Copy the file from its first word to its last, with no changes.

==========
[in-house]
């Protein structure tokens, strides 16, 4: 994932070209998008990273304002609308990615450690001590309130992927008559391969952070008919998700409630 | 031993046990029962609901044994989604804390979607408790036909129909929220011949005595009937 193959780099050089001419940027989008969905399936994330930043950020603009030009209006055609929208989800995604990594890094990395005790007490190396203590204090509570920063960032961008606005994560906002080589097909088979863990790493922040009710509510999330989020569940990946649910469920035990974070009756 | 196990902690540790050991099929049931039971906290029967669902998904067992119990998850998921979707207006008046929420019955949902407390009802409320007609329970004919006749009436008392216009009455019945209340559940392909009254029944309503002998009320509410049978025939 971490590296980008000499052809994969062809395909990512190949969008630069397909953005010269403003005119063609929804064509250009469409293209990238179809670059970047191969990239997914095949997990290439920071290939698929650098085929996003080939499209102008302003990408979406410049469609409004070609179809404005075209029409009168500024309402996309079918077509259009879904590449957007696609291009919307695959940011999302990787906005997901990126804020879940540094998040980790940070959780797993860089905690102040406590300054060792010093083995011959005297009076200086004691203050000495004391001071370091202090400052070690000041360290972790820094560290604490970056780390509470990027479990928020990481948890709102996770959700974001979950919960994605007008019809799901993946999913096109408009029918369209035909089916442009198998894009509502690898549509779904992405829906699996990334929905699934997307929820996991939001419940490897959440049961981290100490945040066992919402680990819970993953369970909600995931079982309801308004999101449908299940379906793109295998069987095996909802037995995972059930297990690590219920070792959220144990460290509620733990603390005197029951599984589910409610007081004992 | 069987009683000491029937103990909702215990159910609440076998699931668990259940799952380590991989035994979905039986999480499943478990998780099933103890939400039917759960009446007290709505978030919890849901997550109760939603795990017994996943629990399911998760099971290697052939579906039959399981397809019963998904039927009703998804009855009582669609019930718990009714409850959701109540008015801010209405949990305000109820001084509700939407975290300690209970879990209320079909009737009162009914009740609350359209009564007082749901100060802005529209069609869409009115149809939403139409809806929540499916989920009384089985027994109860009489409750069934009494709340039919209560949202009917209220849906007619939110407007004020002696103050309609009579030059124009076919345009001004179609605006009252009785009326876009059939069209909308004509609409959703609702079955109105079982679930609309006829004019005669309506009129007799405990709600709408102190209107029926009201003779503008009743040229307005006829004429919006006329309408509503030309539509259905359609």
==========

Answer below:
[in-house]
């Protein structure tokens, strides 16, 4: 994932070209998008990273304002609308990615450690001590309130992927008559391969952070008919998700409630 | 031993046990029962609901044994989604804390979607408790036909129909929220011949005595009937 193959780099050089001419940027989008969905399936994330930043950020603009030009209006055609929208989800995604990594890094990395005790007490190396203590204090509570920063960032961008606005994560906002080589097909088979863990790493922040009710509510999330989020569940990946649910469920035990974070009756 | 196990902690540790050991099929049931039971906290029967669902998904067992119990998850998921979707207006008046929420019955949902407390009802409320007609329970004919006749009436008392216009009455019945209340559940392909009254029944309503002998009320509410049978025939 971490590296980008000499052809994969062809395909990512190949969008630069397909953005010269403003005119063609929804064509250009469409293209990238179809670059970047191969990239997914095949997990290439920071290939698929650098085929996003080939499209102008302003990408979406410049469609409004070609179809404005075209029409009168500024309402996309079918077509259009879904590449957007696609291009919307695959940011999302990787906005997901990126804020879940540094998040980790940070959780797993860089905690102040406590300054060792010093083995011959005297009076200086004691203050000495004391001071370091202090400052070690000041360290972790820094560290604490970056780390509470990027479990928020990481948890709102996770959700974001979950919960994605007008019809799901993946999913096109408009029918369209035909089916442009198998894009509502690898549509779904992405829906699996990334929905699934997307929820996991939001419940490897959440049961981290100490945040066992919402680990819970993953369970909600995931079982309801308004999101449908299940379906793109295998069987095996909802037995995972059930297990690590219920070792959220144990460290509620733990603390005197029951599984589910409610007081004992 | 069987009683000491029937103990909702215990159910609440076998699931668990259940799952380590991989035994979905039986999480499943478990998780099933103890939400039917759960009446007290709505978030919890849901997550109760939603795990017994996943629990399911998760099971290697052939579906039959399981397809019963998904039927009703998804009855009582669609019930718990009714409850959701109540008015801010209405949990305000109820001084509700939407975290300690209970879990209320079909009737009162009914009740609350359209009564007082749901100060802005529209069609869409009115149809939403139409809806929540499916989920009384089985027994109860009489409750069934009494709340039919209560949202009917209220849906007619939110407007004020002696103050309609009579030059124009076919345009001004179609605006009252009785009326876009059939069209909308004509609409959703609702079955109105079982679930609309006829004019005669309506009129007799405990709600709408102190209107029926009201003779503008009743040229307005006829004429919006006329309408509503030309539509259905359609």